The story behind it! There are so many Fjällräven products with a great story behind them, but how the Expedition Down Jacket became an icon is special. The key factors are functionality and simplicity. Our founder Åke hated being cold. So he designed a jacket that insulated against freezing temperatures better than any other jacket on the market. He made it blue because blue was his favorite color. He made the hood laces yellow because yellow and blue together reminded him of the Swedish flag. And then this bulky jacket has since been designated a work of art by a court of law and now – 46 years later – it has been the inspiration for a whole collection – not a bad outcome for someone who simply wanted a garment to keep him warm , right?  

A lot of the material in winter jackets is either from downs or synthetic fibers. Which one would you say traps the body heat best?  

 Both materials have their benefits depending on the conditions. Down is a truly outstanding insulator . Its ability to trap your body heat in tiny air pockets and keep you warm is virtually unparalleled. A down jacket is also very light and highly packable once you press the air out of it. But down isn’t the best option if it gets wet. That air-trapping, warm-keeping ability is strongly reduced if those down filaments that create the tiny air pockets are exposed to moisture / water. Consequently, down insulation is the ultimate choice for cold and dry weather. The synthetic insulation in our  Expedition Series , for example, is made from 100% recycled polyester using free fiber technology. This means it is constructed to mimic the air-trapping features of down better than regular synthetic padding. Since the polyester fibers absorb very little moisture, they keep their air-trapping capabilities even when they’re wet. And although a jacket with synthetic insulation weighs a little more and won’t compress as supremely as a down jacket, it will dry much faster. Consequently, synthetic insulation is the ultimate choice for cold and wet / damp conditions. 

What does sustainability mean to the outdoor brand?  

What’s so exciting at Fjällräven is that sustainability isn’t treated as a separate project; it’s at the core of everything we do. Everyone here is striving to make sustainable choices. As an outdoor company, we are acutely aware that everything we do has an impact on the world around us and the people and animals that inhabit it. This is why we do our utmost to keep our environmental footprint as small as possible. We consider the environmental impact when we design, choose one material over another, and when deciding where to produce our clothing and equipment. But it’s not easy. We know we are by no means perfect.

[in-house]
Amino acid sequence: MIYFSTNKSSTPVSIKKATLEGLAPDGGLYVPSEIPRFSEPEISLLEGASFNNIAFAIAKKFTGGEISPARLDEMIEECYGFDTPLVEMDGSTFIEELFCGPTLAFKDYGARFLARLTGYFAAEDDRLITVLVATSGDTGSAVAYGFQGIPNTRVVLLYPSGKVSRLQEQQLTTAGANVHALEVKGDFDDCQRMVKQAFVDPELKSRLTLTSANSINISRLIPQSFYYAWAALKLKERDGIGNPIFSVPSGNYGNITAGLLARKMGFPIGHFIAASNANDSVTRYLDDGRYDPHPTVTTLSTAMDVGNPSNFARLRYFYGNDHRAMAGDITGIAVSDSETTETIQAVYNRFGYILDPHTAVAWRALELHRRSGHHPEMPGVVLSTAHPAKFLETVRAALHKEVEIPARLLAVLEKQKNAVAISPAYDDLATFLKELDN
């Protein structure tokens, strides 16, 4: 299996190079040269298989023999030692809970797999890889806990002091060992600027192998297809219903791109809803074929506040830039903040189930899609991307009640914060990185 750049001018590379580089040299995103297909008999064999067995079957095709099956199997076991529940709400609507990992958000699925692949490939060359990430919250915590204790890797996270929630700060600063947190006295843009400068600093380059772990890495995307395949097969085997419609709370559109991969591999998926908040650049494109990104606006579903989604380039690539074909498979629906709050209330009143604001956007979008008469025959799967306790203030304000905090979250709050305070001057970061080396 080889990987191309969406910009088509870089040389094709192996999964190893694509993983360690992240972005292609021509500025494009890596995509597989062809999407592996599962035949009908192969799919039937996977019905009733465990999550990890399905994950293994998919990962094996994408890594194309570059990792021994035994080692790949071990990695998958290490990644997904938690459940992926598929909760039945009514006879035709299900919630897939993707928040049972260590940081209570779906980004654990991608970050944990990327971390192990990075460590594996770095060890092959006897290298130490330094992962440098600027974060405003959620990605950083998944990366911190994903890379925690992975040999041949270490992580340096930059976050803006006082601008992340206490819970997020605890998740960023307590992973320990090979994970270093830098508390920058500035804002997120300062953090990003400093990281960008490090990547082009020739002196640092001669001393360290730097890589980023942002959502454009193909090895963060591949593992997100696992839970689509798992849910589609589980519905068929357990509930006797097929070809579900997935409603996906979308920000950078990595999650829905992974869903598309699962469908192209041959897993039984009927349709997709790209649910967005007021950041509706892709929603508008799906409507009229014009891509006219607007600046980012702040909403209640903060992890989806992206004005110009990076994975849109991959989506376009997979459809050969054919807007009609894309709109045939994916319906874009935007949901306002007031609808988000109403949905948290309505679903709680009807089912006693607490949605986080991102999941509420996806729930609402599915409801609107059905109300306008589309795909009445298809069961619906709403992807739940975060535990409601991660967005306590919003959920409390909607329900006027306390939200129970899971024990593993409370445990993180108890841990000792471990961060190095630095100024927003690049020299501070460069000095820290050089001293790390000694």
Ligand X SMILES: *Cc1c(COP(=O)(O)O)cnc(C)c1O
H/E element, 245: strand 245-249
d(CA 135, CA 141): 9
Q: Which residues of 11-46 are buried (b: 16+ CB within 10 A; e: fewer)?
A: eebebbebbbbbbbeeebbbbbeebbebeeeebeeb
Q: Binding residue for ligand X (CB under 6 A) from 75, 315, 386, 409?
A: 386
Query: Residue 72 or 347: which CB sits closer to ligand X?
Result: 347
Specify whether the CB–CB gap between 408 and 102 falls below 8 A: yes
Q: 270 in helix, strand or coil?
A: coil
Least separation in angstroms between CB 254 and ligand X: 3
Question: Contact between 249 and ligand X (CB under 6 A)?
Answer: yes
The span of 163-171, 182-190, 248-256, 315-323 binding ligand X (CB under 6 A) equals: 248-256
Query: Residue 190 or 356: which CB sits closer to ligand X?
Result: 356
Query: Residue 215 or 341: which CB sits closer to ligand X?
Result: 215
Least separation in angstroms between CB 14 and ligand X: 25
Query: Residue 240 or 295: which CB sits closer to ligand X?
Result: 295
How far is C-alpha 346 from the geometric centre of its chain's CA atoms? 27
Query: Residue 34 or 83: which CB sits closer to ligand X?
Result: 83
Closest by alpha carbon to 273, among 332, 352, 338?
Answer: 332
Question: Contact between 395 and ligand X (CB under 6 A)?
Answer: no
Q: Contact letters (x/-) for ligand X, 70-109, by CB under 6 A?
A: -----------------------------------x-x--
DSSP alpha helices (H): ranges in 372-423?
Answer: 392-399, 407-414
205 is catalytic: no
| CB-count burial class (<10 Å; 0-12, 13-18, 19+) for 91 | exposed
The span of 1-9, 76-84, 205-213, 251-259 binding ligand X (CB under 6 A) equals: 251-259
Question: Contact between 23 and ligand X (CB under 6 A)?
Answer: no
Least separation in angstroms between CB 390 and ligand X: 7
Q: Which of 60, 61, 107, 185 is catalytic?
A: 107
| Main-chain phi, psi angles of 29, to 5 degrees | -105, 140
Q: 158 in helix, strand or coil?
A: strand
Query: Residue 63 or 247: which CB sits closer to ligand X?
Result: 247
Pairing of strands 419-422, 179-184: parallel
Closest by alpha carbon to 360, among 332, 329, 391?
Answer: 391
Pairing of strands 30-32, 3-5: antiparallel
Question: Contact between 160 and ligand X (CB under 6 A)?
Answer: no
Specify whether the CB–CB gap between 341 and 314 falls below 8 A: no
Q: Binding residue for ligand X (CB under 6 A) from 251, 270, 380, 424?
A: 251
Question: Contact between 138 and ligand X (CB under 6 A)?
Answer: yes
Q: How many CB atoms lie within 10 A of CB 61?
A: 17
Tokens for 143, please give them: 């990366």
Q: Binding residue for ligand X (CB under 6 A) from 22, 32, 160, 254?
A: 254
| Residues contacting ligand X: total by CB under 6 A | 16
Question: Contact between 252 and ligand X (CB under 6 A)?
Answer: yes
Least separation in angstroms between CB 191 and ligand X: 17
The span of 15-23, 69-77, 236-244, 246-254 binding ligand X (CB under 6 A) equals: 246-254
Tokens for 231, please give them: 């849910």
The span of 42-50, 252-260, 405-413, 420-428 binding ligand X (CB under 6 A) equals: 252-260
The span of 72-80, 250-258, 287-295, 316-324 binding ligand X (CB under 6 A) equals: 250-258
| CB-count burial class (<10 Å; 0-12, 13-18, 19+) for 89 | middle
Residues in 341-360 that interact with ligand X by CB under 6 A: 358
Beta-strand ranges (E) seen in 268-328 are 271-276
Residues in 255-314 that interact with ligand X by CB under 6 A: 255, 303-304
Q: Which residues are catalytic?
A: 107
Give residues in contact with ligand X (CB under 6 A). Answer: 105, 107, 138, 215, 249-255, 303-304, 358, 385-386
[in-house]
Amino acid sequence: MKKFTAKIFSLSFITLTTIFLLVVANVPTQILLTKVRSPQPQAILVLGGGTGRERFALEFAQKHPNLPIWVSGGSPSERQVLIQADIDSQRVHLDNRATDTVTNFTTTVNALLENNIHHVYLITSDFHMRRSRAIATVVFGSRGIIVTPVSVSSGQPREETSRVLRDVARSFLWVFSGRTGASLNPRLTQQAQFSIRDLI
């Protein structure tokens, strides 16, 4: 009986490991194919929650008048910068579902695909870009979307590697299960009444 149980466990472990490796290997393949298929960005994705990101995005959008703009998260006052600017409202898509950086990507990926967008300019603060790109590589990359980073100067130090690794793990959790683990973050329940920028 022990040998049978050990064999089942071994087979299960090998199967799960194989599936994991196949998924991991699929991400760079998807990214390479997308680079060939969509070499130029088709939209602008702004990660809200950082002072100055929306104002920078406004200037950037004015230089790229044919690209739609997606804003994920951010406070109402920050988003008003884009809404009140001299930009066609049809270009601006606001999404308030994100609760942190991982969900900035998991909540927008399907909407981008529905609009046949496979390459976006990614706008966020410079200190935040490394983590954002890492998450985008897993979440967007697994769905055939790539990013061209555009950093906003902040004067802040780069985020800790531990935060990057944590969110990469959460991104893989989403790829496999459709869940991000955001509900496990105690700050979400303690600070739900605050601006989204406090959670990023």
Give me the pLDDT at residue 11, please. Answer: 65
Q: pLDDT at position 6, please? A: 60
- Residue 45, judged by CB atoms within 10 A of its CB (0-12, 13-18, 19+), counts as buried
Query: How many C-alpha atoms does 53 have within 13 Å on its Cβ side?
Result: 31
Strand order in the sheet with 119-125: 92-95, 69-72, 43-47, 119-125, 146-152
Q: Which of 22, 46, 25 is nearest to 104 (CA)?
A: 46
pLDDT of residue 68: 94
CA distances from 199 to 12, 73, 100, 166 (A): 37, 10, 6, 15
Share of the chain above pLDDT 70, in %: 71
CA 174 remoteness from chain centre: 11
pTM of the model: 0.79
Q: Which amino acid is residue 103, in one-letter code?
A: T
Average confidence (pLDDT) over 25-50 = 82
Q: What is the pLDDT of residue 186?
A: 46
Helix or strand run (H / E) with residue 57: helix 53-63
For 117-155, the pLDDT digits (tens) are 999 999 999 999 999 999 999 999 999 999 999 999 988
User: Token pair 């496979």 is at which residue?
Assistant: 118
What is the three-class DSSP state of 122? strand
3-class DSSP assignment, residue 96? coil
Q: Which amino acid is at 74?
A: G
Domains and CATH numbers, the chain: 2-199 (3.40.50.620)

However, we have achieved quite a lot already. Our Down Promise covering animal welfare through 100% traceability has been in place since 2014. We have been PFC-free since 2015. By 2019, 61% of our materials were rated good and excellent – mostly because they are either organic, recycled or fully traceable. We are members of the Fair Labor Association and the UN Global Compact. And, of course, we have been designing for lifetimes of wear – the most important yet often less talked about aspect of sustainability – since 1960. A well-worn jacket is ingrained with memories. It is also better for the environment. We design products to last – and with a little customer care – for a lifetime, hopefully several lifetimes. We use materials that are tough and durable. We create products that are easy to repair. 

What should we look out for? What are the brand’s future plans?  

Sustainability is about balance. The pure definition of sustainable development is meeting our needs today in a way that does not compromise the future generation’s ability to meet their needs, too. As we move forward, we are looking at material developments, enhanced production methods, the possibility of renting gear, and furthering education to equip its customers with the tools they need to preserve their gear and the nature around them. Fjällräven has come a long way, but it’s not there yet. As Åke Nordin said, “We’ve been trekking for more than fifty years now. I hope we never get there. “ Sustainability is a journey, not a destination. But it’s a journey Fjällräven is committed to continuing. 

Interview by Barbara Anthofer
Images Courtey of Fjällräven